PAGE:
¶ 14 Courts of this state have long made clear that CrR 2.1 (d) is thus limited by our constitution. See, e.g., State v. Lutman, 26 Wash. App. 766, 768, 614 P.2d 224 (1980). In Lutman, the defendant was originally charged with hit-and-run and failure to yield. Id. at 767, 614 P.2d 224. At the conclusion of evidence, the trial court granted “a motion to amend the complaint to negligent driving.” Id. Lutman was convicted of negligent driving and appealed. Id. The relevant criminal rule in effect at the time permitted an information “ ‘to be amended at any time before judgment’ ” if the amendment did not prejudice the defendant. Id. at 768, 614 P.2d 224 (quoting JTR (Justice Court Traffic Rules) 3.04). Nevertheless, the Court of Appeals held that this rule “cannot bear an interpretation which would contravene [article I, section 22]” of the constitution and that “[a]n amendment during trial stating a new count charging a different crime violates this provision.” Id. at 768, 767, 614 P.2d 224.
¶ 15 In Carr, this court extended the holding in Lutman to the pretrial amendment of an information, reaffirming Olds in the process. 97 Wash.2d at 440, 645 P.2d 1098. In Carr, the defendant was originally charged with failing to register to carry goods intrastate. Id. at 438, 645 P.2d 1098. Prior to trial, the prosecution discovered that the goods in question were to be transported interstate, to Utah, not intrastate. Id. Just before trial began, the prosecutor amended the information to charge the defendant under a different statute, which required that he register to carry goods interstate. Id. The trial court granted Carr a one-week continuance to prepare for the new charge, as well as an additional continuance at the conclusion of the State's case. Id. Carr was found guilty of the amended charge. Id. We held that despite the difference in the timing of the amendments made in Carr and in Lutman, the concerns in Carr were “analogous to the Lutman case.” Id. at 440, 645 P.2d 1098. We noted that in Lutman, amending the complaint to a new charge “[a]t the conclusion of the evidence” violated Lutman's rights to be informed of the accusations against him. Id. There was no substantive difference in Carr, as we held that “amending the complaint at the start of trial violated Carr's right to be informed of the accusations against him.” Id.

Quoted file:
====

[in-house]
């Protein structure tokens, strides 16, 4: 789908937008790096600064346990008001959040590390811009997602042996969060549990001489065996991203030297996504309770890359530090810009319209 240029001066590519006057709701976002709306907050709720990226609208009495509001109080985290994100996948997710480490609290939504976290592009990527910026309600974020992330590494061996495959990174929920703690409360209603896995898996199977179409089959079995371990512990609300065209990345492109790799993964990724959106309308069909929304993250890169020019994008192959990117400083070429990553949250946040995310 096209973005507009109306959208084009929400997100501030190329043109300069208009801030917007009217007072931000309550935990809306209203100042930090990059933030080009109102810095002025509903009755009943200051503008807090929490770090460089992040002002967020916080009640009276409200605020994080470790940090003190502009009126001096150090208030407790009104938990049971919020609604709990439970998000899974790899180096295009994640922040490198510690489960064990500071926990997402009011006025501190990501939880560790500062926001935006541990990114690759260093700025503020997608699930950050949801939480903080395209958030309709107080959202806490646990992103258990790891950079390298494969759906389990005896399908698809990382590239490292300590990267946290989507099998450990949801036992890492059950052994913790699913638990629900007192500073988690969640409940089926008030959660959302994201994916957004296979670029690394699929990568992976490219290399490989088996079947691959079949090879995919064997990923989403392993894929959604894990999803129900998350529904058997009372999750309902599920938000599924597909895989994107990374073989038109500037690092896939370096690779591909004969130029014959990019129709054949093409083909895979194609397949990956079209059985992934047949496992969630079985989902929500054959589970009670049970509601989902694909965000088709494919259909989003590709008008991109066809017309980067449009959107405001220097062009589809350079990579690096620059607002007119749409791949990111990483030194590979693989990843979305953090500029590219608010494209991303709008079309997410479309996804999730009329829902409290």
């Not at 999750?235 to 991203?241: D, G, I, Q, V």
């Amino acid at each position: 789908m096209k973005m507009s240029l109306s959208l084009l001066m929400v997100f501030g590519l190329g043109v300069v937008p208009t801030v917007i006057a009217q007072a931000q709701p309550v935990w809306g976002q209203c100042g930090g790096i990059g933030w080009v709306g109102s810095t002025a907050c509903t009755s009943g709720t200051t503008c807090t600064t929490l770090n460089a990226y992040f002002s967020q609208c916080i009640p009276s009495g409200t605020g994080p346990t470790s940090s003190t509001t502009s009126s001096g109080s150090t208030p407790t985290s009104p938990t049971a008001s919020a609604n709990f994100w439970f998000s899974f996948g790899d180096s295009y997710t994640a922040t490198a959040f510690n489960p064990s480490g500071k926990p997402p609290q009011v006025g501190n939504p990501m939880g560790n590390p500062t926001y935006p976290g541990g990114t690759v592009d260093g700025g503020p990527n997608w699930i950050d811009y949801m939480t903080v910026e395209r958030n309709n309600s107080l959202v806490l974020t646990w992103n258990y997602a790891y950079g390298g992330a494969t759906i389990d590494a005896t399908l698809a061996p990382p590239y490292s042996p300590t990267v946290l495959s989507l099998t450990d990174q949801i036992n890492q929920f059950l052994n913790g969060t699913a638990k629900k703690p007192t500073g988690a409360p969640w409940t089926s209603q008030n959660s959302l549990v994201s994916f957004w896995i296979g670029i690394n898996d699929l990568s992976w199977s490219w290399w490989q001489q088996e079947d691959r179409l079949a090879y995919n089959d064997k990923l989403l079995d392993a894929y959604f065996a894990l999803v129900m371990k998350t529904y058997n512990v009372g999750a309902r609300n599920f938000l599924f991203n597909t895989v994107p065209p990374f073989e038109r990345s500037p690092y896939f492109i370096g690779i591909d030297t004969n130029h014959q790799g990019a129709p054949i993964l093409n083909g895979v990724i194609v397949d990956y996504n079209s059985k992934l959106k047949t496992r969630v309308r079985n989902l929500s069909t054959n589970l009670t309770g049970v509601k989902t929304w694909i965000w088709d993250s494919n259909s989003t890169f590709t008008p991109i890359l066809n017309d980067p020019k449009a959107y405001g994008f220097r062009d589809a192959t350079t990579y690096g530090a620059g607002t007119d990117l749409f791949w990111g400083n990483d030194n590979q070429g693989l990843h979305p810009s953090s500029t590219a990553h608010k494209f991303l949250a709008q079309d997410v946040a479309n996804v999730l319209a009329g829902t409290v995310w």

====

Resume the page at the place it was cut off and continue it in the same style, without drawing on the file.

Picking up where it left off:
B. Pelkey and its progeny
¶ 16 Five years after we decided Carr, the court accepted review of Pelkey. 109 Wash.2d at 488, 745 P.2d 854. The State originally charged Pelkey with one count of bribery. Id. at 486, 745 P.2d 854. However, “[a]t the conclusion of the presentation of the State's case at trial,” the State amended the information to charge trading in special influence, a different crime. Id. We held that allowing the amendment violated Pelkey's article I, section 22 rights. Id. at 491, 745 P.2d 854.
¶ 17 The State argued that under CrR 2.1, the defendant bears the burden of establishing that prejudice resulted from the midtrial amendment. Id. at 490, 745 P.2d 854. We rejected this argument, repeating that CrR 2.1 operates “within the confines of article I, section 22” and that “[w]e cannot sustain an interpretation of a court rule which contravenes the state constitution.” Id. Accordingly, we reversed Pelkey's conviction. Id. at 491, 745 P.2d 854.
¶ 18 In doing so, we created a rule that
[a] criminal charge may not be amended after the State has rested its case in chief unless the amendment is to a lesser degree of the same charge or a lesser included offense. Anything else is a violation of the defendant's article 1, section 22 right to demand the nature and cause of the accusation against him or her.
Id. A violation of this right is per se prejudicial for the purposes of CrR 2.1.